Titles of Mir Osman Ali Khan, Asaf Jah VII (Nizam VII):
Lieut-General His Exalted Highness, Rustam-i-Dauran, Arustu-i-Zaman, Wal Mamaluk, Asaf Jah VII, Muzaffar ul-Mamaluk, Nizam ul-Mulk, Nizam ud-Daula, Nawab Mir Osman 'Ali Khan Bahadur, Sipah Salar, Fateh Jang, Faithful Ally of the British Government, Sultan-ul-Uloom, G.C.S.I., G.B.E., Nizam of Hyderabad and Berar.
Barely three hours had passed after Mir Mahboob Ali Khan’s death that Mir Osman Ali Khan was proclaimed the seventh Nizam (VII Nizam).
Nawab Mir Osman Ali Khan was twenty five years old when he ascended to masnad of Hyderabad. He came to rule a domain covering 82,698 square miles. Mir Osman was a contrast of sorts to his father. Mir Mahboob Ali Asaf Jah VI was a compassionated and a generous ruler, always transparent in his dealings with the people. However, his son Mir Osman was assertive, shrewd and distrustful of those around him. These contrasts of character and outlook between father and son were stark; this was evident in the dealings the latter had with the Government of India (both pre and post Independence).
Cast in a completely different mould, the reign of Mir Osman Ali Khan, Asaf Jah VII, was to earmark an era unlike any of his predecessors.
The initial years of Osman’s reign saw him behaving as an autocratic ruler, concentrating all the powers to himself; he even got rid of his advisors. His leading Peshkar, Maharaja Kishen Pershad, also fell out of favour with the Nizam. Soon after his exit, the Nizam appointed a young Salar Jung III as a replacement. The appointment of Nawab Yousuf Ali Khan, Salar Jung III, lasted for only two years (1912 – 1914).
With the onset of World War I in 1914, the Nizam gave a huge amount of monetary and material aid to the British Government. The Nizam’s own army served with the British at the war front. The Nizam’s loyal and unprecedented support to His Majesty’s Government won him a friend in the King, which was exemplified in the raising of the Nizam’s 14 gun salute to the favored 21 gun salute – the highest accorded to any Indian ruler. Along with it, the Nizam was made a Lieutenant General of the British Army but the most laudatory form of acknowledgment came in an elevated title. His Highness the Nizam was elevated to the status of His Exalted Highness (from H.H. to H.E.H).
One of the most important legacies the seventh Asaf Jah left, relates to the care he showed for the preservation of historical monuments. He took keen interest in the restoration of the newly-discovered Ajanta and Ellora Caves at Aurangabad. The Nizam initiated the Archaeology department of Hyderabad to take up the excavation and cleaning of the caves and he even invited two leading Italian experts at the expense of the State to supervise the restoration work.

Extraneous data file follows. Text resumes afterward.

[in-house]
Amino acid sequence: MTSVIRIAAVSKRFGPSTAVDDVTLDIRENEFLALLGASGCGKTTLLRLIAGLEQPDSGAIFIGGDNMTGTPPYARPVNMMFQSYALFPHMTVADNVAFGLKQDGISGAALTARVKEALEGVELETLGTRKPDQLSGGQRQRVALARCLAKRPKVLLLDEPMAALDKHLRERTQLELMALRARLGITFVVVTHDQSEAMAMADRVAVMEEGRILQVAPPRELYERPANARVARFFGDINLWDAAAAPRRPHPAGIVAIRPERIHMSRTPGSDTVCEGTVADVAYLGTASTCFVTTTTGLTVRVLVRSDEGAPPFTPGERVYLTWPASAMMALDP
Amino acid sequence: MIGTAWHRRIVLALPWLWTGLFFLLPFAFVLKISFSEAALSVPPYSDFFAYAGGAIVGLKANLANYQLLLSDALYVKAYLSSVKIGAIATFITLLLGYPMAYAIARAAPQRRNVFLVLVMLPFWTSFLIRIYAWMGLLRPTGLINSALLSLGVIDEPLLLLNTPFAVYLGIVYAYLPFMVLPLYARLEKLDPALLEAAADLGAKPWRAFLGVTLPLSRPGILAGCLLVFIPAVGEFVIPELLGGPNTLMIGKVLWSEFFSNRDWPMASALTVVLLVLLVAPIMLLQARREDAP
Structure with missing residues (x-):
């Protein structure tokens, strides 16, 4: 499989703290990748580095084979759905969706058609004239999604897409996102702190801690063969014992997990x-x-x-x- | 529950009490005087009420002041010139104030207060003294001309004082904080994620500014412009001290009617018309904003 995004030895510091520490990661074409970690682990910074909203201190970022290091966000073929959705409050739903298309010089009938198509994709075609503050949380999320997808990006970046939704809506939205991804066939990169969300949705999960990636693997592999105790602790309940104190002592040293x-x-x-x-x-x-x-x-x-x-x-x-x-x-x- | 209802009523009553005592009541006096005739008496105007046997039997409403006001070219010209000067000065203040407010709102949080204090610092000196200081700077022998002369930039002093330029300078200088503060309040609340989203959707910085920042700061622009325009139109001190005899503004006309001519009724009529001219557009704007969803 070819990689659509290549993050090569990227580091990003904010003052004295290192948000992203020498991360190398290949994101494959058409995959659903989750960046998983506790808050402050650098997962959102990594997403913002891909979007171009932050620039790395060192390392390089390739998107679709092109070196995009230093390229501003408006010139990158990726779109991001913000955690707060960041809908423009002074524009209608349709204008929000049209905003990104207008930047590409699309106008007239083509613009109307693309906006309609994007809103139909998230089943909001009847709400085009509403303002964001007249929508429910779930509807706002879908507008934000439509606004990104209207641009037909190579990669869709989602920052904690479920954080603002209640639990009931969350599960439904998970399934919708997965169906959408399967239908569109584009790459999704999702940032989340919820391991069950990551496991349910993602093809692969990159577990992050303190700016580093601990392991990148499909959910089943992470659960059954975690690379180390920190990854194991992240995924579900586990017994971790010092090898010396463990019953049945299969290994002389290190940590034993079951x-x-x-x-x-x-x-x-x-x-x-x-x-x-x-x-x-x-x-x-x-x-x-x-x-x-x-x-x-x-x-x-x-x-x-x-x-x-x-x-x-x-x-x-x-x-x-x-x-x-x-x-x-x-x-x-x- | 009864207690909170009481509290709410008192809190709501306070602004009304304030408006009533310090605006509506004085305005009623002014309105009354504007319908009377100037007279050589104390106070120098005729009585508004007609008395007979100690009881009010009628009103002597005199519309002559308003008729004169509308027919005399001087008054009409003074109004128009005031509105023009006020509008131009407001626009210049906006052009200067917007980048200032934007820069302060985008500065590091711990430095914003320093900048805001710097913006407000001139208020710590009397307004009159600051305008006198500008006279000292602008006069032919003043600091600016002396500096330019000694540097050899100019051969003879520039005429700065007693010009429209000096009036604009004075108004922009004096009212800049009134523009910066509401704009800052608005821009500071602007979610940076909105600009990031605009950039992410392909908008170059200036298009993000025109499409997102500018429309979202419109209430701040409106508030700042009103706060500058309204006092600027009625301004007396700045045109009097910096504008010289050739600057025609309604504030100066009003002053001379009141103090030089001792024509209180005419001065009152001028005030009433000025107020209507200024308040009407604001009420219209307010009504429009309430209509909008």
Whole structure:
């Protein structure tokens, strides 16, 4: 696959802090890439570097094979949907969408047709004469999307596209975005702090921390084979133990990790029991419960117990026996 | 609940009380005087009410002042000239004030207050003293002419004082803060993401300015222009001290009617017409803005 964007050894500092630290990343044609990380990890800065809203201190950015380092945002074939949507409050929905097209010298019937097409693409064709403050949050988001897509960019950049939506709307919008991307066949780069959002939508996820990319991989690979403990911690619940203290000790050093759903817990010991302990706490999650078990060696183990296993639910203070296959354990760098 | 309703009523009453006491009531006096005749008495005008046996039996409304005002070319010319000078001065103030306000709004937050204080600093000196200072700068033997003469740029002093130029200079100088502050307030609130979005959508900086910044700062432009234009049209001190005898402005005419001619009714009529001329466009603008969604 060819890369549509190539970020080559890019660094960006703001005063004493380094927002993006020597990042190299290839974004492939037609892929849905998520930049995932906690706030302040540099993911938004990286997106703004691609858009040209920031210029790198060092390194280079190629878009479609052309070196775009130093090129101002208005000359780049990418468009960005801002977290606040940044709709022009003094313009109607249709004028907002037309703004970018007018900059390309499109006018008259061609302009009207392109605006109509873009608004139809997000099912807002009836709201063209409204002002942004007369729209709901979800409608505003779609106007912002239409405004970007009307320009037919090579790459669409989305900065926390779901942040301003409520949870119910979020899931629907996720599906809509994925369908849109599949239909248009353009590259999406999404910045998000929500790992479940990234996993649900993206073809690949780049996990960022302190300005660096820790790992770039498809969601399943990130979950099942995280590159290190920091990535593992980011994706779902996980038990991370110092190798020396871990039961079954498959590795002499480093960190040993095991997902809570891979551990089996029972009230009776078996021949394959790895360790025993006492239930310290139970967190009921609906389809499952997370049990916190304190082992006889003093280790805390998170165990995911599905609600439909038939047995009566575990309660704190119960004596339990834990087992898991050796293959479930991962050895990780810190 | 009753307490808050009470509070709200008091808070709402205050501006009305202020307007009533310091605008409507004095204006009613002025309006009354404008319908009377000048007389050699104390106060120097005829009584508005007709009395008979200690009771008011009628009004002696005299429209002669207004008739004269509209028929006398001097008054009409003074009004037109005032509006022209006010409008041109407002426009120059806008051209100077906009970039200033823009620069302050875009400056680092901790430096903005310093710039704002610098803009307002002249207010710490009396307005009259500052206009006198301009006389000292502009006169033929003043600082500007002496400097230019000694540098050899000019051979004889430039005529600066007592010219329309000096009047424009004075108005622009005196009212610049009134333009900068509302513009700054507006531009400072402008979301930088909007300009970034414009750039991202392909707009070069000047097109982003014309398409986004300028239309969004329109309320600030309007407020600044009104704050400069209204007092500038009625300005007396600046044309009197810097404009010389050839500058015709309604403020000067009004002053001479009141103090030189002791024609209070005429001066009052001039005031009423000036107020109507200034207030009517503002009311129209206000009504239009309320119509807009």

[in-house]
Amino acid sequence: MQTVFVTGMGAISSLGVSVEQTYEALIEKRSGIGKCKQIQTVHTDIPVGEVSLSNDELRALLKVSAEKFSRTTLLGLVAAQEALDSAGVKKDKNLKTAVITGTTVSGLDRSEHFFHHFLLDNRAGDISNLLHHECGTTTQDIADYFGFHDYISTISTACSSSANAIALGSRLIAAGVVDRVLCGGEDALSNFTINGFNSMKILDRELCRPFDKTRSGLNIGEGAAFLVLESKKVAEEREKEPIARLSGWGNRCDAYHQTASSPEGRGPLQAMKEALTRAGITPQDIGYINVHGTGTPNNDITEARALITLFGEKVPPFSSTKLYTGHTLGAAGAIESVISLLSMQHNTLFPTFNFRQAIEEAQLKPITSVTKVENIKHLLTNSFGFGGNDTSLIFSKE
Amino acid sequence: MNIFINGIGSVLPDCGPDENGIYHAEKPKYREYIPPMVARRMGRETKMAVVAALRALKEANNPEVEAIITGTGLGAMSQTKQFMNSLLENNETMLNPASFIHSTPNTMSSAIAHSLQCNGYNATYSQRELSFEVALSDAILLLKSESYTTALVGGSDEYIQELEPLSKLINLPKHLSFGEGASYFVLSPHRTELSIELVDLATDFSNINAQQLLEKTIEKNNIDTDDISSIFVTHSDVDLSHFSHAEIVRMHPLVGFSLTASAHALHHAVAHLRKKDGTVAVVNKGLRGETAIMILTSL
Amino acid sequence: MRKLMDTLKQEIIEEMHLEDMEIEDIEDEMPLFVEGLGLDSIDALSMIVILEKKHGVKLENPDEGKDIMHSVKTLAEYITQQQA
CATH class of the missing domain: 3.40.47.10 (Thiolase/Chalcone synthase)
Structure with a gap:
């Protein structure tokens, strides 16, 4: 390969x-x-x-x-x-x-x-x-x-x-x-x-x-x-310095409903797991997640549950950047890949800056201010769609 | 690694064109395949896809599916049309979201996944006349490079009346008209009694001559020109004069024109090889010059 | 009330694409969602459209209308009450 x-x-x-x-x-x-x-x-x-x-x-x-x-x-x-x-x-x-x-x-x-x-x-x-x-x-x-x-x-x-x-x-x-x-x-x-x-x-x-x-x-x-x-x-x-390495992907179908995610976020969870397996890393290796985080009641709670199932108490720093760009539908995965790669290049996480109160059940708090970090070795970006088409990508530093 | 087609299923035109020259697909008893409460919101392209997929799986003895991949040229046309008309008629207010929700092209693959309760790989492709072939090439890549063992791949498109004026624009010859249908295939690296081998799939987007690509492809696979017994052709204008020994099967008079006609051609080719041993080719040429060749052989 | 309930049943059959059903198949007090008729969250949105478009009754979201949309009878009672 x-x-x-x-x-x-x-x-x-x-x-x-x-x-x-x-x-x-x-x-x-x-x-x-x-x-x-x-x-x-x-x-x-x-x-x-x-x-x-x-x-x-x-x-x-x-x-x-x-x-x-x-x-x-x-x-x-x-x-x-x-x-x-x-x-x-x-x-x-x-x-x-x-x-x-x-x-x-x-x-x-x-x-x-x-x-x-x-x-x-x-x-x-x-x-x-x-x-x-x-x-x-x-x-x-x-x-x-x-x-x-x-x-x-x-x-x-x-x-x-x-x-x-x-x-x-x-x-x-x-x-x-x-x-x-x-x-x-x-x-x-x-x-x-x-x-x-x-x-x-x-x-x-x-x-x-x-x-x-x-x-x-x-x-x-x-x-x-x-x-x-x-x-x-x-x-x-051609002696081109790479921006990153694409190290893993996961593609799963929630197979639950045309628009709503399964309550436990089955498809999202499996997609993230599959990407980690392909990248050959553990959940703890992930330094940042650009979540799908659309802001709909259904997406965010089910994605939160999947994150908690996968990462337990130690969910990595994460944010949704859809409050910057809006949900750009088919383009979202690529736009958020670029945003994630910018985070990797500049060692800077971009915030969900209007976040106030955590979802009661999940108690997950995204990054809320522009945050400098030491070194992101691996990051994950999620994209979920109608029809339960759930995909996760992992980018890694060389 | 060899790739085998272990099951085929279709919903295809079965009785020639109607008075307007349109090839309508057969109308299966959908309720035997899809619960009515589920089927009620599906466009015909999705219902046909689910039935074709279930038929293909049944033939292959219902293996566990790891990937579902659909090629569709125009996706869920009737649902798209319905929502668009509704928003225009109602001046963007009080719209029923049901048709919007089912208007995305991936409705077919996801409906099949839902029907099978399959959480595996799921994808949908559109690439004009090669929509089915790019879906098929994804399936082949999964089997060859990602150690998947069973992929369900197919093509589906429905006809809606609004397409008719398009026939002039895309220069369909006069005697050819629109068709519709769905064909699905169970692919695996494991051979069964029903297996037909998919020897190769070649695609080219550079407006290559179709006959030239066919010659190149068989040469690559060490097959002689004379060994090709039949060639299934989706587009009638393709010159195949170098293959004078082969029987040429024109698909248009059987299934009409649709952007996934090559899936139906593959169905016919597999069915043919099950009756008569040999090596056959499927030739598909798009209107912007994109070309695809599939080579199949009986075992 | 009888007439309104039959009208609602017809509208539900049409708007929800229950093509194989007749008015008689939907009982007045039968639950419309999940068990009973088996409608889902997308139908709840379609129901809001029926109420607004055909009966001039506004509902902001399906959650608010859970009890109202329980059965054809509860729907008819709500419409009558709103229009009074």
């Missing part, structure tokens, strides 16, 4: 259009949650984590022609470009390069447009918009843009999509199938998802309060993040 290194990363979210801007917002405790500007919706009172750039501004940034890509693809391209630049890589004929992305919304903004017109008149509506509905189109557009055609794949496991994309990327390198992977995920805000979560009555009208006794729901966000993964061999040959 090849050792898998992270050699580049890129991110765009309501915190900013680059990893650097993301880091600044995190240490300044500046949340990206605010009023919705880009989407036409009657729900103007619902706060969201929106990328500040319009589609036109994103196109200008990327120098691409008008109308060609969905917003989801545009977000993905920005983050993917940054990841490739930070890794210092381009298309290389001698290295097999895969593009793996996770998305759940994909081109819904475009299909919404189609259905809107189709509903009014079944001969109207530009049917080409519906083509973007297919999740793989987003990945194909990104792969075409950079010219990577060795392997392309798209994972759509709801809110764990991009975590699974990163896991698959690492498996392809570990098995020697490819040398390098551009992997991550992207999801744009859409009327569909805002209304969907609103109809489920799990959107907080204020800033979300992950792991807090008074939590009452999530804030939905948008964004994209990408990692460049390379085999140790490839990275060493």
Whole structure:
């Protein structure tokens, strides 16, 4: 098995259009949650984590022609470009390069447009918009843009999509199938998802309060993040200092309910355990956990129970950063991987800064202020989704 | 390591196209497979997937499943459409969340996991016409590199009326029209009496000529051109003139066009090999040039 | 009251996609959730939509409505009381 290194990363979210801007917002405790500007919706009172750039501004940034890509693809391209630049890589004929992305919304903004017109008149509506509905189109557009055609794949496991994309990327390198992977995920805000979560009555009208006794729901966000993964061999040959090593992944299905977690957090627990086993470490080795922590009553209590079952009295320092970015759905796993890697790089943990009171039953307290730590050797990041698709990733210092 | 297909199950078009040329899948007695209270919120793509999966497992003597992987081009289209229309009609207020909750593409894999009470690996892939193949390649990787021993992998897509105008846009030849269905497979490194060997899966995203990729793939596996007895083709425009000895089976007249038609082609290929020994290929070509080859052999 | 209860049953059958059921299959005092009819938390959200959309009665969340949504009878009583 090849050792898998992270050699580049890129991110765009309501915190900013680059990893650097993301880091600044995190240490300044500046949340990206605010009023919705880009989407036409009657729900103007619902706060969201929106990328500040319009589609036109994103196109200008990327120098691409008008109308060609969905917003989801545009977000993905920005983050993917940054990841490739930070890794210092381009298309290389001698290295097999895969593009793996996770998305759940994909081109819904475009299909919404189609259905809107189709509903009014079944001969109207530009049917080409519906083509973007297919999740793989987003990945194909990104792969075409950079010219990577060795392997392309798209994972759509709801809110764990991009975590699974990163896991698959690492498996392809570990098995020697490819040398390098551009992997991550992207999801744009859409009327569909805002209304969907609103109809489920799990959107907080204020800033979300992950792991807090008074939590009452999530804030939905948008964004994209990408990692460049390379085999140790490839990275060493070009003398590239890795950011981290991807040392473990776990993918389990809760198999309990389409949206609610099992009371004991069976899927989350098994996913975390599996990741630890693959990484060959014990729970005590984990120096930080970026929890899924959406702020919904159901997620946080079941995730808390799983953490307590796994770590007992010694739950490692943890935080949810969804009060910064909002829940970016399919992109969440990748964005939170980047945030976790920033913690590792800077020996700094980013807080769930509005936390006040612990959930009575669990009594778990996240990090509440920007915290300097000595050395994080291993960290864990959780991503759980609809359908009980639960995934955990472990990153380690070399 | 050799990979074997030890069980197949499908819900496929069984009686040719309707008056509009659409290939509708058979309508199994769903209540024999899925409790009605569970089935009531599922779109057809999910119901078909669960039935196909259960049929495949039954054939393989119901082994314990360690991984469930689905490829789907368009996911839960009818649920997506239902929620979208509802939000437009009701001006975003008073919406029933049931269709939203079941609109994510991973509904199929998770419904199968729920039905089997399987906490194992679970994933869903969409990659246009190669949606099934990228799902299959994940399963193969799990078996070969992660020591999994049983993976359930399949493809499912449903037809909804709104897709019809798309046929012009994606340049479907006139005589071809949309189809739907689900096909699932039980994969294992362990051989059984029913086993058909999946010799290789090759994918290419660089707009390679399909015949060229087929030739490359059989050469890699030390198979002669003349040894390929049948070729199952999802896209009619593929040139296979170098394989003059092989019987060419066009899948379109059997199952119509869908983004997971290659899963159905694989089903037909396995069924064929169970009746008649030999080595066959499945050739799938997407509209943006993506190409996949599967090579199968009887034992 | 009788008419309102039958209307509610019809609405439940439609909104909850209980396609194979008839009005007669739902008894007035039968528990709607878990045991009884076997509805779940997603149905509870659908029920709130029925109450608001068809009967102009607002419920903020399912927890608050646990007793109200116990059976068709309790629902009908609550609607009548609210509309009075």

The Nizam continued his support to the British when World War II broke out in 1939. He still remained “Faithfully Ally” to the King of England. Hyderabad supplied gain, coal, military facilities, camps and its own cantonments to all transiting soldiers. This unstinted support won words of praise from even Britain’s Prime Minister, Winston Churchill. Speaking in the House of the Lords, Churchill said.
“His Exalted Highness has been with the Allies throughout the fluctuations of this arduous struggle with gracious help in men, money and materials. His troops have done sterling service in Malaya, in the Middle East and the Squadrons which bear Hyderabad’s name have shared in the achievements of the RAF….”
Mir Osman Ali Khan’s legendary wealth enabled him to support the British during both the World Wars. His wealth was acquired in the age-old tradition known as the Nazar; every time an audience was given, a cash offering in gold coins had to be given to the ruler. The Nazrana, however, degenerated into a form of a forced taxation during Osman’s rule, unlike during his father’s, when none of the nazar went into Mahboob’s personal pocket. All nazars during Mir Mahboob’s reign were clearly accounted for in the state treasury.
In subsequent years, Hyderabad grew economically and culturally. The city’s infrastructure improved: streets were laid and roads widened. Irrigation projects and dams began to supply water to the city. Public buildings as the Osmania General Hospital, the Assembly Hall, and the High Court were all built. The city of Hyderabad took on a new modern face under H.E.H. The Nizam VII’s rule.
H.E.H. Nawab Mir Osman Ali Khan, Asaf Jah VII continued to rule Hyderabad until the state was merged with the Union of India in 1948. The Nizam’s refusal to join the Indian Union in 1947 triggered the Police Action on September 18, 1948. The Nizam signed the Instrument of Accession and the State was integrated into the Indian Union. Though deposed, he was allowed to stay on in Hyderabad wherein he accepted the position of Rajpramukh when the state’s government was established in 1950. He occupied this office till the formation of Andhra Pradesh in November 1956.
The last Asaf Jah retreated into his private residence at King Kothi for the remaining years of his life. He died on February 24, 1967 bringing an end to a remarkable two hundred and twenty four year old reign of single ruling family – the Asaf Jahi dynasty.